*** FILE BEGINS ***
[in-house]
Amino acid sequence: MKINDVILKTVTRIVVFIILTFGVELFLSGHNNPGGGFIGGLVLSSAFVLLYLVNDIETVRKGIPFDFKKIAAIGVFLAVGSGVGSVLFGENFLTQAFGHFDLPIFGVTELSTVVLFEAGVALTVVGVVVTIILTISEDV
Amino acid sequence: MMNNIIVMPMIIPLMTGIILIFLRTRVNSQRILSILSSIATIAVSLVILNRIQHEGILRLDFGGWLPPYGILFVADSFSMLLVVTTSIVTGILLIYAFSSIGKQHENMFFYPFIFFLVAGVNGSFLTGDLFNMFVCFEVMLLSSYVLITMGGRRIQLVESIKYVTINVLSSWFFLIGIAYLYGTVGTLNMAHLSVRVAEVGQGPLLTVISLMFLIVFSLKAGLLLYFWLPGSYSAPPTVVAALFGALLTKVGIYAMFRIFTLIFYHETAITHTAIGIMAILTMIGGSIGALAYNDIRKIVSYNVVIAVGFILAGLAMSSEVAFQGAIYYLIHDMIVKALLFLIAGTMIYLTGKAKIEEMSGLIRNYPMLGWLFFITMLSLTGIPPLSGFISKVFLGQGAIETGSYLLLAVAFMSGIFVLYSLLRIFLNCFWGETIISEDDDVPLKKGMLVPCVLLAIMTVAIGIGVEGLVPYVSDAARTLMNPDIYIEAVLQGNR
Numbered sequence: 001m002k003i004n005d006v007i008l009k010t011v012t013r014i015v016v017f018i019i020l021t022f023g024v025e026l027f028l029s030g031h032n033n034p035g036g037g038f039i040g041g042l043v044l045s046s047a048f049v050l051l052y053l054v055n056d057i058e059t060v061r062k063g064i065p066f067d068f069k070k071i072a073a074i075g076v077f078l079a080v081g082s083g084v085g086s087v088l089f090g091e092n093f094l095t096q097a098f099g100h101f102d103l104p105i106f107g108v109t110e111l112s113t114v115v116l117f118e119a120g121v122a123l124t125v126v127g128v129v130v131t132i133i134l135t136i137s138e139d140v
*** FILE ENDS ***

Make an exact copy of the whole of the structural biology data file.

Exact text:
[in-house]
Amino acid sequence: MKINDVILKTVTRIVVFIILTFGVELFLSGHNNPGGGFIGGLVLSSAFVLLYLVNDIETVRKGIPFDFKKIAAIGVFLAVGSGVGSVLFGENFLTQAFGHFDLPIFGVTELSTVVLFEAGVALTVVGVVVTIILTISEDV
Amino acid sequence: MMNNIIVMPMIIPLMTGIILIFLRTRVNSQRILSILSSIATIAVSLVILNRIQHEGILRLDFGGWLPPYGILFVADSFSMLLVVTTSIVTGILLIYAFSSIGKQHENMFFYPFIFFLVAGVNGSFLTGDLFNMFVCFEVMLLSSYVLITMGGRRIQLVESIKYVTINVLSSWFFLIGIAYLYGTVGTLNMAHLSVRVAEVGQGPLLTVISLMFLIVFSLKAGLLLYFWLPGSYSAPPTVVAALFGALLTKVGIYAMFRIFTLIFYHETAITHTAIGIMAILTMIGGSIGALAYNDIRKIVSYNVVIAVGFILAGLAMSSEVAFQGAIYYLIHDMIVKALLFLIAGTMIYLTGKAKIEEMSGLIRNYPMLGWLFFITMLSLTGIPPLSGFISKVFLGQGAIETGSYLLLAVAFMSGIFVLYSLLRIFLNCFWGETIISEDDDVPLKKGMLVPCVLLAIMTVAIGIGVEGLVPYVSDAARTLMNPDIYIEAVLQGNR
Numbered sequence: 001m002k003i004n005d006v007i008l009k010t011v012t013r014i015v016v017f018i019i020l021t022f023g024v025e026l027f028l029s030g031h032n033n034p035g036g037g038f039i040g041g042l043v044l045s046s047a048f049v050l051l052y053l054v055n056d057i058e059t060v061r062k063g064i065p066f067d068f069k070k071i072a073a074i075g076v077f078l079a080v081g082s083g084v085g086s087v088l089f090g091e092n093f094l095t096q097a098f099g100h101f102d103l104p105i106f107g108v109t110e111l112s113t114v115v116l117f118e119a120g121v122a123l124t125v126v127g128v129v130v131t132i133i134l135t136i137s138e139d140v